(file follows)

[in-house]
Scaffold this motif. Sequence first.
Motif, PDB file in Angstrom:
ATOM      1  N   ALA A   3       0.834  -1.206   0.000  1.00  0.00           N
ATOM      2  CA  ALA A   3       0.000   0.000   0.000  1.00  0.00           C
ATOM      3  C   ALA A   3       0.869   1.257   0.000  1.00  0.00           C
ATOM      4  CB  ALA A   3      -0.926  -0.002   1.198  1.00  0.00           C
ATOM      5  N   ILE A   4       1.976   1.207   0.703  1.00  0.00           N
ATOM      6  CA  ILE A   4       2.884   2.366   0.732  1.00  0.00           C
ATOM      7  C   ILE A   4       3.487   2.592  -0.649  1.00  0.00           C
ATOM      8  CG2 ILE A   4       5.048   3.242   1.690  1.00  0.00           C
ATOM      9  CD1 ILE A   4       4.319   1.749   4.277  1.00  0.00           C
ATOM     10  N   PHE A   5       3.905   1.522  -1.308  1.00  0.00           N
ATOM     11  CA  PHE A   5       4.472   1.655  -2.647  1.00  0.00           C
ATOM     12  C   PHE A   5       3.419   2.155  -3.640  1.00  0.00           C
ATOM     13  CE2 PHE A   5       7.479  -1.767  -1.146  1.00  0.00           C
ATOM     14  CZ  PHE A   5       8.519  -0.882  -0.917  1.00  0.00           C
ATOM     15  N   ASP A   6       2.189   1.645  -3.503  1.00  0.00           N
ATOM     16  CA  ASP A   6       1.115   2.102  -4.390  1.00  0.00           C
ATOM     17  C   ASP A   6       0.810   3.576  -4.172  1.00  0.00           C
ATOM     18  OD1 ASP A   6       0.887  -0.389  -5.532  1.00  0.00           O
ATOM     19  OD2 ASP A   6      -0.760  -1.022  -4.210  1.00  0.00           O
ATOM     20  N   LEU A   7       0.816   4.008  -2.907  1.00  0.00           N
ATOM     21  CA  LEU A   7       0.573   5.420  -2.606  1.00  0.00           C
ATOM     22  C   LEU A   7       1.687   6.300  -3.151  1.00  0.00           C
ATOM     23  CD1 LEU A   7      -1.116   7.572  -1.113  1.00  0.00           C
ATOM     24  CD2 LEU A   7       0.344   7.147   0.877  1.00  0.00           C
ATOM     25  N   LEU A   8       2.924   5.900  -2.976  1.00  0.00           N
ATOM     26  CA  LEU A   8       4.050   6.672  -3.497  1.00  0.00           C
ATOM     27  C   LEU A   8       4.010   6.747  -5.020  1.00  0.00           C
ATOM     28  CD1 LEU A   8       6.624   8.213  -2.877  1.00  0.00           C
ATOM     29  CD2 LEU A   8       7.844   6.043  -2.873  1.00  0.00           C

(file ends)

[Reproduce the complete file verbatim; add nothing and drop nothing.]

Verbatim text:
[in-house]
Scaffold this motif. Sequence first.
Motif, PDB file in Angstrom:
ATOM      1  N   ALA A   3       0.834  -1.206   0.000  1.00  0.00           N
ATOM      2  CA  ALA A   3       0.000   0.000   0.000  1.00  0.00           C
ATOM      3  C   ALA A   3       0.869   1.257   0.000  1.00  0.00           C
ATOM      4  CB  ALA A   3      -0.926  -0.002   1.198  1.00  0.00           C
ATOM      5  N   ILE A   4       1.976   1.207   0.703  1.00  0.00           N
ATOM      6  CA  ILE A   4       2.884   2.366   0.732  1.00  0.00           C
ATOM      7  C   ILE A   4       3.487   2.592  -0.649  1.00  0.00           C
ATOM      8  CG2 ILE A   4       5.048   3.242   1.690  1.00  0.00           C
ATOM      9  CD1 ILE A   4       4.319   1.749   4.277  1.00  0.00           C
ATOM     10  N   PHE A   5       3.905   1.522  -1.308  1.00  0.00           N
ATOM     11  CA  PHE A   5       4.472   1.655  -2.647  1.00  0.00           C
ATOM     12  C   PHE A   5       3.419   2.155  -3.640  1.00  0.00           C
ATOM     13  CE2 PHE A   5       7.479  -1.767  -1.146  1.00  0.00           C
ATOM     14  CZ  PHE A   5       8.519  -0.882  -0.917  1.00  0.00           C
ATOM     15  N   ASP A   6       2.189   1.645  -3.503  1.00  0.00           N
ATOM     16  CA  ASP A   6       1.115   2.102  -4.390  1.00  0.00           C
ATOM     17  C   ASP A   6       0.810   3.576  -4.172  1.00  0.00           C
ATOM     18  OD1 ASP A   6       0.887  -0.389  -5.532  1.00  0.00           O
ATOM     19  OD2 ASP A   6      -0.760  -1.022  -4.210  1.00  0.00           O
ATOM     20  N   LEU A   7       0.816   4.008  -2.907  1.00  0.00           N
ATOM     21  CA  LEU A   7       0.573   5.420  -2.606  1.00  0.00           C
ATOM     22  C   LEU A   7       1.687   6.300  -3.151  1.00  0.00           C
ATOM     23  CD1 LEU A   7      -1.116   7.572  -1.113  1.00  0.00           C
ATOM     24  CD2 LEU A   7       0.344   7.147   0.877  1.00  0.00           C
ATOM     25  N   LEU A   8       2.924   5.900  -2.976  1.00  0.00           N
ATOM     26  CA  LEU A   8       4.050   6.672  -3.497  1.00  0.00           C
ATOM     27  C   LEU A   8       4.010   6.747  -5.020  1.00  0.00           C
ATOM     28  CD1 LEU A   8       6.624   8.213  -2.877  1.00  0.00           C
ATOM     29  CD2 LEU A   8       7.844   6.043  -2.873  1.00  0.00           C